Washington, DC - Director of National Intelligence James Clapper has issued a directive barring intelligence community (IC) employees from speaking to the media about intelligence-related matters, including unclassified matters, without authorization. The directive, issued in March, was first posted yesterday by the Federation of American Scientists' Project on Government Secrecy.
The directive threatens IC employees making unauthorized contacts with the media with security clearance revocation or termination. The overbroad and vague directive loosely defines the media to include those "engaged in the collection, production or dissemination to the public of information in any form related to topics of national security." That definition could not only include reporters for traditional outlets, but bloggers and activists who write about the intelligence community. The directive requires IC employees to report any inadvertent contact with the broadly defined "media" to superiors.
GAP National Security & Human Rights Director Jesselyn Radack, herself a notable whistleblower rights advocate and popular blogger who regularly converses with IC whistleblowers, decried the directive:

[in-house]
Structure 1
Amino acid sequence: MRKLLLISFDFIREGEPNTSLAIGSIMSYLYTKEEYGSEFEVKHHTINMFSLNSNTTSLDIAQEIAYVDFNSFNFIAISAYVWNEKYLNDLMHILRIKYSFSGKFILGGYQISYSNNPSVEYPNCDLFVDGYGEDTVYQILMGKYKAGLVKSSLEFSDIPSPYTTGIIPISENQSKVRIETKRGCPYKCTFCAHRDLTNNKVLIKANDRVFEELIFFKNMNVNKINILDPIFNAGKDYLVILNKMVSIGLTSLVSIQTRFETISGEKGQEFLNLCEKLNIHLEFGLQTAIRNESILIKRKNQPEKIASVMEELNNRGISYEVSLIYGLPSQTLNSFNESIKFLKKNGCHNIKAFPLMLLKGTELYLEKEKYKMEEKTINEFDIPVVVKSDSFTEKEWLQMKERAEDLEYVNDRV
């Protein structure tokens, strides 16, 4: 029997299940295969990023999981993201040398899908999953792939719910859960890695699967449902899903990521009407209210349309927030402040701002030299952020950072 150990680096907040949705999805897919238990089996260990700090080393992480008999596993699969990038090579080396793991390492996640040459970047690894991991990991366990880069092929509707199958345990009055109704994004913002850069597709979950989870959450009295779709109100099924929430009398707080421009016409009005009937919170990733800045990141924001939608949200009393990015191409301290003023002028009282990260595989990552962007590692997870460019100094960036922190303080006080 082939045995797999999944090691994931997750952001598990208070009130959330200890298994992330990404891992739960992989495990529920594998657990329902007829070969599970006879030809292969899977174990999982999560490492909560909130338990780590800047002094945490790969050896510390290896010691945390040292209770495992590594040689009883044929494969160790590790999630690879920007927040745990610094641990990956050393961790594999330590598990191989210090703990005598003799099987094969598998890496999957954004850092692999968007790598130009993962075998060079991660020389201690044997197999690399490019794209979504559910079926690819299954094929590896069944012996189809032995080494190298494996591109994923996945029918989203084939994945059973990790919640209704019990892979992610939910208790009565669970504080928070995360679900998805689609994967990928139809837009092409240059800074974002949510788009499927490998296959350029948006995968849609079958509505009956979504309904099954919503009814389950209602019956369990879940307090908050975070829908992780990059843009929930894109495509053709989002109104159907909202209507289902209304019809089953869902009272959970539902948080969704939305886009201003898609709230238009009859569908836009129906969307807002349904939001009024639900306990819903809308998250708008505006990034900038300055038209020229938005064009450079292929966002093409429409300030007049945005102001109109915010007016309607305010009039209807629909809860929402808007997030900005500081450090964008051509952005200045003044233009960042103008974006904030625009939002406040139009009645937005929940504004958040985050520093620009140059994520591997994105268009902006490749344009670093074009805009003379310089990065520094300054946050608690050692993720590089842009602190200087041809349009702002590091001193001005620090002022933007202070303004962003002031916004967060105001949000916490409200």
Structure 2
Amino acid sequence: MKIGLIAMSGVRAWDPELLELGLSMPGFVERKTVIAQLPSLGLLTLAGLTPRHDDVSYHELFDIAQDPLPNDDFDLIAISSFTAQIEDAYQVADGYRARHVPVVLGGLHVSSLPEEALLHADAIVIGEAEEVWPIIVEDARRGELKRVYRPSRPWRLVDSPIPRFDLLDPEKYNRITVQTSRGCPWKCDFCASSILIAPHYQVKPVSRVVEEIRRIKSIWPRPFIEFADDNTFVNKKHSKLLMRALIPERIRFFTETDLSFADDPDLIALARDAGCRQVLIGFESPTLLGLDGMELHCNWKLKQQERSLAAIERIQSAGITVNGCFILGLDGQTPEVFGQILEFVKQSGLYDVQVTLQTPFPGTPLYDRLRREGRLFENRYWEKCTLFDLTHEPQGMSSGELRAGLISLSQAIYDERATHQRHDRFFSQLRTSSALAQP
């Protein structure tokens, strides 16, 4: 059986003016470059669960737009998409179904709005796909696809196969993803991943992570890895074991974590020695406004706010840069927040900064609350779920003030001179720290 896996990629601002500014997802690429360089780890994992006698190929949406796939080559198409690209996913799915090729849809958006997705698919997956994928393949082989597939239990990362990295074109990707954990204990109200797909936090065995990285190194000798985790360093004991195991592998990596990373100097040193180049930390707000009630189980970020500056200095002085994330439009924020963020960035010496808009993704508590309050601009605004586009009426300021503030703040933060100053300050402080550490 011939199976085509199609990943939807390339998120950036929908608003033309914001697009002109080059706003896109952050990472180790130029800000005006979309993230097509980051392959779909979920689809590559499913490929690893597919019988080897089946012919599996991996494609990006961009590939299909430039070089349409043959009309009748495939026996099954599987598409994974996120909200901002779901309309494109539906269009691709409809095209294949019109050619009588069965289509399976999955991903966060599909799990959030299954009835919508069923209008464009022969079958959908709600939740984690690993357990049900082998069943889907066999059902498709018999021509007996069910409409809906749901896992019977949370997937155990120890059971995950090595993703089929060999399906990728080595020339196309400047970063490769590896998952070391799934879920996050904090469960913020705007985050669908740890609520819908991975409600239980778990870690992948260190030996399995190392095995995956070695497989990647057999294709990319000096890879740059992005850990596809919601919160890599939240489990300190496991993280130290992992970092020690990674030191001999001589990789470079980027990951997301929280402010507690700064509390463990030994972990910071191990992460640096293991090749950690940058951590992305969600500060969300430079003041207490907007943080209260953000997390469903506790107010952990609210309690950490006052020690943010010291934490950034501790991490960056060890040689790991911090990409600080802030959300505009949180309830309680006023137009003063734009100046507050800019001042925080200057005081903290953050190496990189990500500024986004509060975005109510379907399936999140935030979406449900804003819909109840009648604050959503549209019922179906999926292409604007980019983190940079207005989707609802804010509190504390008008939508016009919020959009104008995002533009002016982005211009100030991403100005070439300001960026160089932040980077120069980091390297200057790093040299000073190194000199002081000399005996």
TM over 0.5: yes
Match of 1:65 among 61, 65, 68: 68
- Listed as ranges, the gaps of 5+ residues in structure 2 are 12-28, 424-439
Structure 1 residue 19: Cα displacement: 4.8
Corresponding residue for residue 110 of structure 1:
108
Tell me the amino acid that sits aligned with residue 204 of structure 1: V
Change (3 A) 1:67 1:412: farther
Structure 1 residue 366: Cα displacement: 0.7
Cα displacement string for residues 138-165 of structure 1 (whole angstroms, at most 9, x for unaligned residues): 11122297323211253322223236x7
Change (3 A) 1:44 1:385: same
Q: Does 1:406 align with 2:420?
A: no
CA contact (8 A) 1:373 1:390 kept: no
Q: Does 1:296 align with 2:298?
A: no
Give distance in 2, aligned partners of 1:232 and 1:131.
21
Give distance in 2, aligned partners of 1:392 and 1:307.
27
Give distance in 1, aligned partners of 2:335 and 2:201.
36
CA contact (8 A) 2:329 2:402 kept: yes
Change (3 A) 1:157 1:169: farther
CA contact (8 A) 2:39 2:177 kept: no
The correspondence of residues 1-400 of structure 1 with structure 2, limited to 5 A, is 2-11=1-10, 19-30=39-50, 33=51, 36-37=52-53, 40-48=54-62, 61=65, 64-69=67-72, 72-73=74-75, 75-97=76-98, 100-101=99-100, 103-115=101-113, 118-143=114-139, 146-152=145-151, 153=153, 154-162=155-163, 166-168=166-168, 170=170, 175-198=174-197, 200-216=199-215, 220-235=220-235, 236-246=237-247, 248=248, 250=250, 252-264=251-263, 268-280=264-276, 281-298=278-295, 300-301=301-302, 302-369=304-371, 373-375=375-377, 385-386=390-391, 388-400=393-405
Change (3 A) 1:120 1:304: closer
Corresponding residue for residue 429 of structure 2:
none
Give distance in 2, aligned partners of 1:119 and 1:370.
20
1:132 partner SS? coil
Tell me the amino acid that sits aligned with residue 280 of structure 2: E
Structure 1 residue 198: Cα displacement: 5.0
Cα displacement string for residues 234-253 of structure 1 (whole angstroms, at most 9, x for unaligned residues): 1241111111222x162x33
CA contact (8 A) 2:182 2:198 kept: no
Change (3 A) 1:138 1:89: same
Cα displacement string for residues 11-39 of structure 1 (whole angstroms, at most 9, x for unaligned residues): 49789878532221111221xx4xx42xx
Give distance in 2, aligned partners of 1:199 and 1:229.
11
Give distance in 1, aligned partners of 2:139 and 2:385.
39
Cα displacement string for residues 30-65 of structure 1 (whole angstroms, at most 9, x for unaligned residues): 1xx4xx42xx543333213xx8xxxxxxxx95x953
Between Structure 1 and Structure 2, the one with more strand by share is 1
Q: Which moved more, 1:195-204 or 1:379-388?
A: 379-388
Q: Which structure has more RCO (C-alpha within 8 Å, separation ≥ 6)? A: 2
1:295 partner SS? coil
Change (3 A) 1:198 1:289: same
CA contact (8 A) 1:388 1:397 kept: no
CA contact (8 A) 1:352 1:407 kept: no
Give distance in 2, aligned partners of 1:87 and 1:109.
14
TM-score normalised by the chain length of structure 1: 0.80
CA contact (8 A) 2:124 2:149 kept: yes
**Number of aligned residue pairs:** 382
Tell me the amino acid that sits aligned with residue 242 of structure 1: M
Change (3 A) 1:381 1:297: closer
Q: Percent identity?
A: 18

This latest action is a clear extension of the executive branch's war on national security whistleblowers. It is a grotesque twist for James Clapper to limit public knowledge about government activity when he himself has been responsible for lying to Congress and misleading the public about the government's overreaching mass surveillance programs.
If the directive succeeds in chilling employees' speech, the public will have to settle for executive branch talking points, which have been repeatedly revealed as drastically misleading if not outright falsehoods. The directive's thinly-veiled true intent is to silence employees, especially whistleblowers, and give the government absolute control over all public messaging related to the powerful, virtually unchecked, and far too secret national security apparatus.
If Clapper is interested in stopping employees from exposing blatant wrongdoing, then he would prioritize creating safe and effective internal channels for whistleblowers, not draconian measures aimed at chilling speech.